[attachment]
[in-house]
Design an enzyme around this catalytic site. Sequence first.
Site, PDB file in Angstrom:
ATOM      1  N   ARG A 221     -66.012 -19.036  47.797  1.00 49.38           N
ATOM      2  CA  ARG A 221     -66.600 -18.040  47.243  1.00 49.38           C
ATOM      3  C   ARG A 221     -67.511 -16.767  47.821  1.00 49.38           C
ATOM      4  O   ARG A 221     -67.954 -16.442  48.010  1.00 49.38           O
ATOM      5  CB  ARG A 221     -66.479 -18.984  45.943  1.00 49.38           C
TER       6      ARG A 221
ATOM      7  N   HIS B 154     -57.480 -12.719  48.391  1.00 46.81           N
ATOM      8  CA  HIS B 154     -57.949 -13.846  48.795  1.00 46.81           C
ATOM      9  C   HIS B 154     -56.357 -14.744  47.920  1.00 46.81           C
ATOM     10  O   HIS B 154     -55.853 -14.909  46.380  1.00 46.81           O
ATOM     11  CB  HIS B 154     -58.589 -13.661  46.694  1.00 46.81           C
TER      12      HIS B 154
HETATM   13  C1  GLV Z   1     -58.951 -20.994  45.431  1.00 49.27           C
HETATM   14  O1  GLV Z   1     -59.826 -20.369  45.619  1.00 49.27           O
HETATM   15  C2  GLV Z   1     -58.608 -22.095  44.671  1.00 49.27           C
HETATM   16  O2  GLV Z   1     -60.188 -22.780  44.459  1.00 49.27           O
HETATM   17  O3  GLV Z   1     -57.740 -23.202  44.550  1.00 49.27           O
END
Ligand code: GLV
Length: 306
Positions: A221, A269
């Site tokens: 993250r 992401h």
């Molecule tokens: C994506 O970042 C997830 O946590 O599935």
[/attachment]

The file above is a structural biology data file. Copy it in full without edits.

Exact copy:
[in-house]
Design an enzyme around this catalytic site. Sequence first.
Site, PDB file in Angstrom:
ATOM      1  N   ARG A 221     -66.012 -19.036  47.797  1.00 49.38           N
ATOM      2  CA  ARG A 221     -66.600 -18.040  47.243  1.00 49.38           C
ATOM      3  C   ARG A 221     -67.511 -16.767  47.821  1.00 49.38           C
ATOM      4  O   ARG A 221     -67.954 -16.442  48.010  1.00 49.38           O
ATOM      5  CB  ARG A 221     -66.479 -18.984  45.943  1.00 49.38           C
TER       6      ARG A 221
ATOM      7  N   HIS B 154     -57.480 -12.719  48.391  1.00 46.81           N
ATOM      8  CA  HIS B 154     -57.949 -13.846  48.795  1.00 46.81           C
ATOM      9  C   HIS B 154     -56.357 -14.744  47.920  1.00 46.81           C
ATOM     10  O   HIS B 154     -55.853 -14.909  46.380  1.00 46.81           O
ATOM     11  CB  HIS B 154     -58.589 -13.661  46.694  1.00 46.81           C
TER      12      HIS B 154
HETATM   13  C1  GLV Z   1     -58.951 -20.994  45.431  1.00 49.27           C
HETATM   14  O1  GLV Z   1     -59.826 -20.369  45.619  1.00 49.27           O
HETATM   15  C2  GLV Z   1     -58.608 -22.095  44.671  1.00 49.27           C
HETATM   16  O2  GLV Z   1     -60.188 -22.780  44.459  1.00 49.27           O
HETATM   17  O3  GLV Z   1     -57.740 -23.202  44.550  1.00 49.27           O
END
Ligand code: GLV
Length: 306
Positions: A221, A269
């Site tokens: 993250r 992401h």
């Molecule tokens: C994506 O970042 C997830 O946590 O599935």